Petrillo: Did McCain mean it on cost-plus?
- By Joseph J. Petrillo
- Oct 22, 2008
It’s not often that acquisition policy becomes a presidential campaign issue. But in the recent town hall debate, Republican candidate Sen. John McCain said he would ban cost-plus contracts. His opponent, Democratic Sen. Barack Obama, didn’t respond.
McCain’s objection to cost-plus contracting is part of his plan to cut government spending because he links them to cost overruns. McCain proposes “fixed-cost” contracts — usually called fixed price — as the solution.
There are a few problems with this proposal. Cost-plus contracts make sense when the government can’t specify requirements, for instance in research projects or early-stage software development. They are a useful tool for contracting at the leading edge of innovation. They can also play a role in times of great uncertainty, such as stabilization and reconstruction efforts, such as those in Iraq and Afghanistan.
Also, it’s doubtful that cost-plus contracts are the primary cause of cost overruns. More often, the culprit is requirements creep — government program managers piling new and different demands onto emerging systems. Bloated programs cost more and take longer to develop and produce.
In the 1960s, then-Defense Secretary Robert McNamara launched an intensive effort to cut back on cost-plus contracts and substitute fixed-price contracts. However, the overruns didn’t go away. They simply mutated into contractor claims. Millions of dollars in claims under fixed-price contracts dragged on for years in litigation. Ultimately, the government had to foot the bill for program changes. In 1970, another Defense secretary, David Packard, abandoned this failed experiment.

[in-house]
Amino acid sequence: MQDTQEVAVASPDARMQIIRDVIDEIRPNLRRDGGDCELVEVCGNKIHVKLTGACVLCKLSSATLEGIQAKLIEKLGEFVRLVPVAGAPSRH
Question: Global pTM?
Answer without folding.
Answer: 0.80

Even so, cost-plus contracts have some major drawbacks. There’s little incentive to cut costs when you know they will all be paid. As some procurement experts say, “when you’re on cost-plus, even the mules know it.” The customary cure for this tendency is more government oversight of contractors. Although it might be necessary, the oversight adds costs, directly and otherwise. Anyway, most agencies these days are too overstretched to monitor contractors closely.
Limiting cost type contracts to the minimum necessary is probably a good idea.
Whenever the government can define its requirements better and earlier, it can shift to a more efficient fixed-price contract. Doing that requires an upfront investment of resources to reap lower contract costs later. An agency might decide that it can’t afford this investment. But if it decides to use a cost-plus contract unnecessarily, the agency will probably pay more in the end.
So cost-plus contracts are fine, as long as they’re not abused. As a senior member of the Senate Armed Services Committee, McCain must know that a ban on cost-plus contracts is impractical and won’t solve the overrun problem. It is just another instance of campaign rhetoric — one that, after Election Day, will end up in the dustbin of forgotten promises, no matter who is the next president. nPetrillo is a lawyer at Washington law firm Petrillo and Powell. He can be reached at firstname.lastname@example.org.